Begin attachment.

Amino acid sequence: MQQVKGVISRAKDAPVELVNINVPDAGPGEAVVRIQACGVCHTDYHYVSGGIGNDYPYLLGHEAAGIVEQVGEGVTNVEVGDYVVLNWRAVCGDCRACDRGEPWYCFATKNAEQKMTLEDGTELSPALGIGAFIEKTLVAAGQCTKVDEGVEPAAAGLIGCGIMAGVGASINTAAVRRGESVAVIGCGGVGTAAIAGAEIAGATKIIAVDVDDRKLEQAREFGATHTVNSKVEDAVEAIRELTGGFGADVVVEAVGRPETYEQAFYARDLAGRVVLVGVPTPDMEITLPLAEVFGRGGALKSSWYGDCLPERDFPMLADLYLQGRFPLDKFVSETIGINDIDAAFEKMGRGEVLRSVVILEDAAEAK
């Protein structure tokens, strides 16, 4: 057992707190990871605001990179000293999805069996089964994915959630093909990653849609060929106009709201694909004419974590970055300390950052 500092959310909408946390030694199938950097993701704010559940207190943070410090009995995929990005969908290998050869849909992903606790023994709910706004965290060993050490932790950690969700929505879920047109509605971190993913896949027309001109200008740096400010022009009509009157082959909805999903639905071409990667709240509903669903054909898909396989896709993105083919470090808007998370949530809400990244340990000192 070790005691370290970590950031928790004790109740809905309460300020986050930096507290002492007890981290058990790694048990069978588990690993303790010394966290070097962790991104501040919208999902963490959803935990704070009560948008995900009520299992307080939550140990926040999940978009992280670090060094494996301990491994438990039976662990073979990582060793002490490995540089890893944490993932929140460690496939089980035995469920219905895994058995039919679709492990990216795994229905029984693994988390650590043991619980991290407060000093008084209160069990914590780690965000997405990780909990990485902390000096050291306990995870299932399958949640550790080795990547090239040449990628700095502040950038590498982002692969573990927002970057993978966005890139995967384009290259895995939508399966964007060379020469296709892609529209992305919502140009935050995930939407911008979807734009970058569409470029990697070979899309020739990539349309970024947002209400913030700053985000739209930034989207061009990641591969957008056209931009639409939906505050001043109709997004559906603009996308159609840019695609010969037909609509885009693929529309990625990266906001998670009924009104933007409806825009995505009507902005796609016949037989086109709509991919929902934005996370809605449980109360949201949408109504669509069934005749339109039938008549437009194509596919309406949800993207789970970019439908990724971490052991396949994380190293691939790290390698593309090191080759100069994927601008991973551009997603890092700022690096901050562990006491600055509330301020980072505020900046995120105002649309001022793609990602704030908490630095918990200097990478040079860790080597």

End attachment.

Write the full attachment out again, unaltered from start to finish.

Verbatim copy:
Amino acid sequence: MQQVKGVISRAKDAPVELVNINVPDAGPGEAVVRIQACGVCHTDYHYVSGGIGNDYPYLLGHEAAGIVEQVGEGVTNVEVGDYVVLNWRAVCGDCRACDRGEPWYCFATKNAEQKMTLEDGTELSPALGIGAFIEKTLVAAGQCTKVDEGVEPAAAGLIGCGIMAGVGASINTAAVRRGESVAVIGCGGVGTAAIAGAEIAGATKIIAVDVDDRKLEQAREFGATHTVNSKVEDAVEAIRELTGGFGADVVVEAVGRPETYEQAFYARDLAGRVVLVGVPTPDMEITLPLAEVFGRGGALKSSWYGDCLPERDFPMLADLYLQGRFPLDKFVSETIGINDIDAAFEKMGRGEVLRSVVILEDAAEAK
């Protein structure tokens, strides 16, 4: 057992707190990871605001990179000293999805069996089964994915959630093909990653849609060929106009709201694909004419974590970055300390950052 500092959310909408946390030694199938950097993701704010559940207190943070410090009995995929990005969908290998050869849909992903606790023994709910706004965290060993050490932790950690969700929505879920047109509605971190993913896949027309001109200008740096400010022009009509009157082959909805999903639905071409990667709240509903669903054909898909396989896709993105083919470090808007998370949530809400990244340990000192 070790005691370290970590950031928790004790109740809905309460300020986050930096507290002492007890981290058990790694048990069978588990690993303790010394966290070097962790991104501040919208999902963490959803935990704070009560948008995900009520299992307080939550140990926040999940978009992280670090060094494996301990491994438990039976662990073979990582060793002490490995540089890893944490993932929140460690496939089980035995469920219905895994058995039919679709492990990216795994229905029984693994988390650590043991619980991290407060000093008084209160069990914590780690965000997405990780909990990485902390000096050291306990995870299932399958949640550790080795990547090239040449990628700095502040950038590498982002692969573990927002970057993978966005890139995967384009290259895995939508399966964007060379020469296709892609529209992305919502140009935050995930939407911008979807734009970058569409470029990697070979899309020739990539349309970024947002209400913030700053985000739209930034989207061009990641591969957008056209931009639409939906505050001043109709997004559906603009996308159609840019695609010969037909609509885009693929529309990625990266906001998670009924009104933007409806825009995505009507902005796609016949037989086109709509991919929902934005996370809605449980109360949201949408109504669509069934005749339109039938008549437009194509596919309406949800993207789970970019439908990724971490052991396949994380190293691939790290390698593309090191080759100069994927601008991973551009997603890092700022690096901050562990006491600055509330301020980072505020900046995120105002649309001022793609990602704030908490630095918990200097990478040079860790080597």